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Memoirs of a Revolutionist (1889)

by Peter Kropotkin

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453854,858 (3.83)12
This fascinating story of the dramatic conversion from prince to anarchist provides a study of the early anarchist movement and an extraordinary portrait of the Russia of Kropotkin's youth.

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Showing 4 of 4
Kropotkin certainly had an interesting life: quite apart from telling us about the complexities of anarchist politics, secret societies and being a political prisoner in several different countries, he gets to describe his experiences growing up in an aristocratic family in Moscow, serving as a page at Alexander II's court in St Petersburg, taking part in all sorts of exciting expeditions into unknown country as a young officer on the Amur river, and doing important scientific research (he was a physical geographer). So these are by no means dull memoirs! But they are sometimes a little bit frustrating. Kropotkin was writing from English exile in 1899, with the Russian revolutions still to come, and at a time when many of his friends and political associates were still in danger of reprisals from the Russian authorities. So there are plenty of important things in his life he doesn't tell us about because they haven't happened yet, and others that he's forced to leave rather vague. And others again that he's written about elsewhere and doesn't repeat - this isn't a work of political philosophy, although of course the whole text is informed by his political ideals.

And there are also a surprising number of normal, practical things in his life he simply seems to have forgotten to write about, so that, for example, his wife pops up in the text for the first time about three hundred pages in, as though she's always been there, but he in fact he has never told us her name or anything about when they married. (English Wikipedia doesn't mention her at all, but the German version tells us she was Sophie Ananiew, and they married in 1878, when he was living in Switzerland. From what Kropotkin tells us himself, we can deduce that she was a scientist and had studied at Geneva university.)

The book was written in English (he later made a Russian version as well), but it never feels like a book written in the author's second language. Especially in the earlier parts of the book, there's a lot that is moving, entertaining, exciting, and exotic, but it's never - at least once it gets out of the classroom - boastful. Kropotkin must have been a remarkable man, and he presumably knew it, but he doesn't want to be the one to say it. There's a lovely moment shortly after he has arrived in England for the first time, under a false name because he's on the run from the Russian police, and is doing some scientific journalism. The editor of Nature asks him to review a couple of new Russian books that have come into the office. Of course, they turn out to be publications of his own scientific work, written whilst he was in prison, and he is put into something of a quandary: should he blow his cover or infringe scientific ethics by reviewing his own work? He compromises by summarising the books without expressing an opinion on their merits (which would of course have got him anathematised here on LibraryThing...).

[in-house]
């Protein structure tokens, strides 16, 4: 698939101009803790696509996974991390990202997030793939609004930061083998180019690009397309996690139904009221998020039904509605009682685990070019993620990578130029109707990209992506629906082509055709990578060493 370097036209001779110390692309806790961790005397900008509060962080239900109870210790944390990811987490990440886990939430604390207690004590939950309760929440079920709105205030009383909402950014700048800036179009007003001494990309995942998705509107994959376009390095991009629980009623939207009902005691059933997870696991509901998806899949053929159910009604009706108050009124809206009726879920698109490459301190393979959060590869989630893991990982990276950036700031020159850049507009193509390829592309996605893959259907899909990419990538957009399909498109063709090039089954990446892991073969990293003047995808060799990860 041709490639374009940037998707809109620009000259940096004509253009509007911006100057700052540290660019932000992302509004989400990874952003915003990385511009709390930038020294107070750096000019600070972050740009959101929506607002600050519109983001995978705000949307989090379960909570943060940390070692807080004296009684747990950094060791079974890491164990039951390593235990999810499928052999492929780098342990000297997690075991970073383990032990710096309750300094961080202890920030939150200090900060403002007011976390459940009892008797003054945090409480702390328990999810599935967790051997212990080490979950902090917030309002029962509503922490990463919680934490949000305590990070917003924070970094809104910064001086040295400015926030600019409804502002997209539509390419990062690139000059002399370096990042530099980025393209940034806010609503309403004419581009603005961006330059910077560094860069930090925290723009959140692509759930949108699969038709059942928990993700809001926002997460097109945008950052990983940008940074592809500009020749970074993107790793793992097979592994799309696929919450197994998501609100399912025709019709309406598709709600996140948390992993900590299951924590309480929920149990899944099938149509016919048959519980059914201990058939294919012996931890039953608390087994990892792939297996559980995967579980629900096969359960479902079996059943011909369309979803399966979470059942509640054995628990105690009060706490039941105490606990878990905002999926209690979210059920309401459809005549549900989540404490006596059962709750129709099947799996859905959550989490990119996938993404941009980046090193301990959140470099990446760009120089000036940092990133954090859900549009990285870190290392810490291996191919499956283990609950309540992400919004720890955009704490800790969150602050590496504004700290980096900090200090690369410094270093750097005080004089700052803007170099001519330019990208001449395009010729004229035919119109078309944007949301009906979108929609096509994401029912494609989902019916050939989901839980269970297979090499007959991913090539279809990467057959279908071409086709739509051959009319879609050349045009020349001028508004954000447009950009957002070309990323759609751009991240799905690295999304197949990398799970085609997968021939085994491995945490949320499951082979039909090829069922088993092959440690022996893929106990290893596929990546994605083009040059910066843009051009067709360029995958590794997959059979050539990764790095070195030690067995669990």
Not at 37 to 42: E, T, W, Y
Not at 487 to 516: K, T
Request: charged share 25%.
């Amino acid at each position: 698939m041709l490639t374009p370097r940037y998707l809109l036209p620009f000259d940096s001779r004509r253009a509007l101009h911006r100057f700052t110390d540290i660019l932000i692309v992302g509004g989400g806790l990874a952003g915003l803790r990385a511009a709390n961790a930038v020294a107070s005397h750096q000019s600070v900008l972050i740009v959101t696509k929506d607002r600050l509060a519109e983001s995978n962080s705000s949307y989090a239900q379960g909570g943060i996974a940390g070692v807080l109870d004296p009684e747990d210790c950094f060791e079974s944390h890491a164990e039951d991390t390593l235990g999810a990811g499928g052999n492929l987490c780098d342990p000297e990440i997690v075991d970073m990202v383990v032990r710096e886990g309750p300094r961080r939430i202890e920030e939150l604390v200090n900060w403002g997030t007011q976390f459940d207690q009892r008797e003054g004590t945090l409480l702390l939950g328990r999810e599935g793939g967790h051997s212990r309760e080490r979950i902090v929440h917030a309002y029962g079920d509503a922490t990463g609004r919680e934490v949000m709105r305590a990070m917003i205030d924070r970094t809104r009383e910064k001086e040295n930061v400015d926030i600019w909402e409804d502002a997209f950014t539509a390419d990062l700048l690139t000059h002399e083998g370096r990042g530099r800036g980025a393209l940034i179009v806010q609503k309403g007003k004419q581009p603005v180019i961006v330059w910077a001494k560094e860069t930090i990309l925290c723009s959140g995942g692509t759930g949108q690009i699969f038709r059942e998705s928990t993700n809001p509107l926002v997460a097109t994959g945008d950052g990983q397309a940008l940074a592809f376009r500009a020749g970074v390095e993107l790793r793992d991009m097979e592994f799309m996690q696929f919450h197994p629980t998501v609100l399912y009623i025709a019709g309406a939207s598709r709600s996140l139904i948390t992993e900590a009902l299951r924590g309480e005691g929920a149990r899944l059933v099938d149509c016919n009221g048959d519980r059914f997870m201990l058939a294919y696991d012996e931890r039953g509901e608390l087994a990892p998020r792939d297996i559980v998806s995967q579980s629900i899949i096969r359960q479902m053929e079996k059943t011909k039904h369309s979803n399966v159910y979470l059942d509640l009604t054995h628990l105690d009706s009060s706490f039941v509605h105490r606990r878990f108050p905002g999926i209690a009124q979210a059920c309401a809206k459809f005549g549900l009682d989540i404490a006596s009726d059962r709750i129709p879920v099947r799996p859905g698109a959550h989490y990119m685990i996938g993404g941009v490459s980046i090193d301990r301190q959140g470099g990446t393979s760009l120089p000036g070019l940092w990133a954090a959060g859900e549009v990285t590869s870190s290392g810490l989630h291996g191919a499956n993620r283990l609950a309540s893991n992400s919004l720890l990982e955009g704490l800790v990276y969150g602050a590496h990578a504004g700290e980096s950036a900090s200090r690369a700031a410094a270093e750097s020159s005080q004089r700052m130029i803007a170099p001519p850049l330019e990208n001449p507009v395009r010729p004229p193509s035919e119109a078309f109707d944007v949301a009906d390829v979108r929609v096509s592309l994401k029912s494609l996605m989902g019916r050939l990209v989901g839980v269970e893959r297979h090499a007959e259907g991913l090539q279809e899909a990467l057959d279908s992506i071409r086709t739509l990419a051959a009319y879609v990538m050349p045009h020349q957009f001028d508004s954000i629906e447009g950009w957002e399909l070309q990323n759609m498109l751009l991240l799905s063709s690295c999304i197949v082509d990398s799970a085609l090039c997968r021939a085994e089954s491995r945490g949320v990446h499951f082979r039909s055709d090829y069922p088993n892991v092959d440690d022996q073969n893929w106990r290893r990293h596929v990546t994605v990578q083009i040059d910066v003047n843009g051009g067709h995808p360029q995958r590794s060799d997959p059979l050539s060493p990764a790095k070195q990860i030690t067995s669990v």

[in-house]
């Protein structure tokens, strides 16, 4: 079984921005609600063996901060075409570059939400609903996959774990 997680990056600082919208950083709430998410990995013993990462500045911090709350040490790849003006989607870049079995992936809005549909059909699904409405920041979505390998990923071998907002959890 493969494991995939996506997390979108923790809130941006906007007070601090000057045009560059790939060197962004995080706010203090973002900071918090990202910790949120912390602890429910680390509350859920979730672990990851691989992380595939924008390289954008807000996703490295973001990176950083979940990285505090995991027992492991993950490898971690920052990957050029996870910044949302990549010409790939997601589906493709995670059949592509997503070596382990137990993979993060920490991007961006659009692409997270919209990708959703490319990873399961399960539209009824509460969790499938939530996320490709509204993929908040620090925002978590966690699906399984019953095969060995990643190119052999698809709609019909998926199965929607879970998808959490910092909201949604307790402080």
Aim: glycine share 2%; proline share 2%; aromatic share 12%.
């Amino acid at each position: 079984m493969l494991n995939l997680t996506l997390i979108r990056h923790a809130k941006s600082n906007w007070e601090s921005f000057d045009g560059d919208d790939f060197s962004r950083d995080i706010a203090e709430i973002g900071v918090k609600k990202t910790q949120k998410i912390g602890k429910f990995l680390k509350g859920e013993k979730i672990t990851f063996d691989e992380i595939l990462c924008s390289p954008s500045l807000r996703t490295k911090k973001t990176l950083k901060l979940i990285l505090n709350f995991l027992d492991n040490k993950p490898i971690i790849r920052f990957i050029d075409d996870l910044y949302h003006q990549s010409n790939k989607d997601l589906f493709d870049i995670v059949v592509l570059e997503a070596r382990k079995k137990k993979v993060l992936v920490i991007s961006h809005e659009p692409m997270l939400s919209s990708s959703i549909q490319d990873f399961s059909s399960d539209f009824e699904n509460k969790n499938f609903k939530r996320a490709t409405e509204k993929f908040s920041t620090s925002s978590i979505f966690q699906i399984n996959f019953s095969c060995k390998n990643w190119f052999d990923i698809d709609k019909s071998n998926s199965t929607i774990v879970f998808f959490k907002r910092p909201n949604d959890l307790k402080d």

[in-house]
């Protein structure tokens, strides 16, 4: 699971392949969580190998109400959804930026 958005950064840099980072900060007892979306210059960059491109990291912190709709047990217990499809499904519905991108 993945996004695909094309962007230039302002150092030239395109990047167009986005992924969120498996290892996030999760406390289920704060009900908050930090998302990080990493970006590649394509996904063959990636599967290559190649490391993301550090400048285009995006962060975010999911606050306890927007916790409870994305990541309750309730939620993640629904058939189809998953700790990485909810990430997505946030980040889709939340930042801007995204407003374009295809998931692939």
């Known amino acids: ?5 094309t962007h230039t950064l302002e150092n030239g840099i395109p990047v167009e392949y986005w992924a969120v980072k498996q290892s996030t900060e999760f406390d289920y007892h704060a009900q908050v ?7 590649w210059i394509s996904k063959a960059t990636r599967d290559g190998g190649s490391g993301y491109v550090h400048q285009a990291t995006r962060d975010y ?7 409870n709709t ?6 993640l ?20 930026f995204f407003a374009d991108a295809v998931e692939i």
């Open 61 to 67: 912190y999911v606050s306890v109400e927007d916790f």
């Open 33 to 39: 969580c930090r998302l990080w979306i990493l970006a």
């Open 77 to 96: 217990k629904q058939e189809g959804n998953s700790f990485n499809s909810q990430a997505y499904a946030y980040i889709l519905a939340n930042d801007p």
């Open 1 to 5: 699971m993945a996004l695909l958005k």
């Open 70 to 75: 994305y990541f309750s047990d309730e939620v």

Worthwhile, definitely, but a bit patchy. The opening chapters are marvellous, and I can see how you might become a dedicated fan of this book, but it's probably not the book you should turn to first if you want to learn about anarchist political ideas or the history of the workers' movement. ( )
2 vote thorold | Sep 15, 2016 |
329. Memoirs of a Revolutionist, by Peter Kropotkin (read 9 May 1947) When I finished reading this book I said: "Finished tonight Kropotkin's Memoirs, written in 1899. He was an anarchist. Not much of a book, sllghtly interesting sometimes." ( )
  Schmerguls | Oct 18, 2013 |
I've read this every few years since I was ten (equals: I've read this a lot of times..). Ah dear me! The romance of czarist Russia! His walk with the serfs on the annual trek to his family's summer residence! (He is *Prince* Peter Kropotkin to you, and I'll thank you to remember it..:-) The whole work bedazzled me when I was young, and even now, the life of this anarchist saint is a wonderful read, full of drama and the fervour for a better world. To this day tour guides at the great prison fortress of St Peter still tell the story of Kropotkin's escape, but hear you can read it in the first person, but that story is only one of many treasures to be found here... ( )
2 vote Karen_Wells | Aug 26, 2008 |
Available as a free audio book from librivox.org
  captbirdseye | Aug 6, 2014 |
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» Add other authors (6 possible)

Author nameRoleType of authorWork?Status
Peter Kropotkinprimary authorall editionscalculated
Brandes, GeorgIntroductionsecondary authorsome editionsconfirmed
Goodman, PaulIntroductionsecondary authorsome editionsconfirmed
Newman, BarnettForewordsecondary authorsome editionsconfirmed
Walter, NicolasIntroductionsecondary authorsome editionsconfirmed
Ward, ColinEditorsecondary authorsome editionsconfirmed
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This fascinating story of the dramatic conversion from prince to anarchist provides a study of the early anarchist movement and an extraordinary portrait of the Russia of Kropotkin's youth.

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